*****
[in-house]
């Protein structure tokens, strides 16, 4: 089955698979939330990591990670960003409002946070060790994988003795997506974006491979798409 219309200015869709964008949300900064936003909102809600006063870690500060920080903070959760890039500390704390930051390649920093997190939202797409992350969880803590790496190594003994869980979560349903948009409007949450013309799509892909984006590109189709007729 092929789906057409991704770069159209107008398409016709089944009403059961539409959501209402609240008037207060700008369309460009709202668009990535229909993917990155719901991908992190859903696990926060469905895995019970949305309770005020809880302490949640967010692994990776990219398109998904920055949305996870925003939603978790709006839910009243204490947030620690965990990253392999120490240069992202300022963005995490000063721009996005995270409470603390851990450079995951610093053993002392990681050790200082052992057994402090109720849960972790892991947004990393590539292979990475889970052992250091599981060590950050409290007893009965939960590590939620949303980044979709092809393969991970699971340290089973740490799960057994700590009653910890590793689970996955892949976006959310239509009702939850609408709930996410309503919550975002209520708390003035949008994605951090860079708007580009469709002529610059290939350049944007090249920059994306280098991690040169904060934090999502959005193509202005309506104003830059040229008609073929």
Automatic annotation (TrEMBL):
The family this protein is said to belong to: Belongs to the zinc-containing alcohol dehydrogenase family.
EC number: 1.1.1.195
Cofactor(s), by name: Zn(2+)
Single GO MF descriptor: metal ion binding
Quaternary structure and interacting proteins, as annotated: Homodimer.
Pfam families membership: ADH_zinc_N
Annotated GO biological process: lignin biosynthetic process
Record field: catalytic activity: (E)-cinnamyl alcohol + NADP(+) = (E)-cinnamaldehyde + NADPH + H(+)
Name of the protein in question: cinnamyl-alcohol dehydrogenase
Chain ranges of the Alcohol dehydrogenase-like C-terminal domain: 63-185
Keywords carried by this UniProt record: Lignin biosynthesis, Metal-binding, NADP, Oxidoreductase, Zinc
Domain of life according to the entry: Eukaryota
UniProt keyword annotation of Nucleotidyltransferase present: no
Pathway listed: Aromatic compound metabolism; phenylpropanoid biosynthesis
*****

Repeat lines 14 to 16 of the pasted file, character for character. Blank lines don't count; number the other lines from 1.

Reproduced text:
Keywords carried by this UniProt record: Lignin biosynthesis, Metal-binding, NADP, Oxidoreductase, Zinc
Domain of life according to the entry: Eukaryota
UniProt keyword annotation of Nucleotidyltransferase present: no